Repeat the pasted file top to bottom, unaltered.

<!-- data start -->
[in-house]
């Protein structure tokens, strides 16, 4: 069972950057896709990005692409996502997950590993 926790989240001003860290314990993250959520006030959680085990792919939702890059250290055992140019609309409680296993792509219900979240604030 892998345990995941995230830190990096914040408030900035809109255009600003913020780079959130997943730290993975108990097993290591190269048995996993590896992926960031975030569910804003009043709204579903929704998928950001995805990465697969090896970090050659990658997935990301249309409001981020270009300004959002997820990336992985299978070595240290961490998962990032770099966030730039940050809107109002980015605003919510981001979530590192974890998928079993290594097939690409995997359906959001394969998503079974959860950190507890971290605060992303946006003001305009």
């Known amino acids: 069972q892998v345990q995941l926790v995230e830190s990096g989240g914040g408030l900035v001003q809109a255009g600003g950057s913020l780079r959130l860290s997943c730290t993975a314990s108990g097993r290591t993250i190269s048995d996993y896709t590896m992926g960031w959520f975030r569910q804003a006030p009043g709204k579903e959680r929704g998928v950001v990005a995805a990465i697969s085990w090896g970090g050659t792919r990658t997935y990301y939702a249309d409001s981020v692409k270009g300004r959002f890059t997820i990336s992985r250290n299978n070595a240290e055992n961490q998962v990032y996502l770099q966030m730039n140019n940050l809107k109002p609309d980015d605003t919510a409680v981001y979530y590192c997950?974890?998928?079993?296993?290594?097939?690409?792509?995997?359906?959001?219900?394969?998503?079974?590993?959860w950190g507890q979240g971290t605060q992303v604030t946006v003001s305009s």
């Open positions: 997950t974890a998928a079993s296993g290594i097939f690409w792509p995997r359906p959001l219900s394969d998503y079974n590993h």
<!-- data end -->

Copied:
[in-house]
């Protein structure tokens, strides 16, 4: 069972950057896709990005692409996502997950590993 926790989240001003860290314990993250959520006030959680085990792919939702890059250290055992140019609309409680296993792509219900979240604030 892998345990995941995230830190990096914040408030900035809109255009600003913020780079959130997943730290993975108990097993290591190269048995996993590896992926960031975030569910804003009043709204579903929704998928950001995805990465697969090896970090050659990658997935990301249309409001981020270009300004959002997820990336992985299978070595240290961490998962990032770099966030730039940050809107109002980015605003919510981001979530590192974890998928079993290594097939690409995997359906959001394969998503079974959860950190507890971290605060992303946006003001305009």
């Known amino acids: 069972q892998v345990q995941l926790v995230e830190s990096g989240g914040g408030l900035v001003q809109a255009g600003g950057s913020l780079r959130l860290s997943c730290t993975a314990s108990g097993r290591t993250i190269s048995d996993y896709t590896m992926g960031w959520f975030r569910q804003a006030p009043g709204k579903e959680r929704g998928v950001v990005a995805a990465i697969s085990w090896g970090g050659t792919r990658t997935y990301y939702a249309d409001s981020v692409k270009g300004r959002f890059t997820i990336s992985r250290n299978n070595a240290e055992n961490q998962v990032y996502l770099q966030m730039n140019n940050l809107k109002p609309d980015d605003t919510a409680v981001y979530y590192c997950?974890?998928?079993?296993?290594?097939?690409?792509?995997?359906?959001?219900?394969?998503?079974?590993?959860w950190g507890q979240g971290t605060q992303v604030t946006v003001s305009s």
């Open positions: 997950t974890a998928a079993s296993g290594i097939f690409w792509p995997r359906p959001l219900s394969d998503y079974n590993h």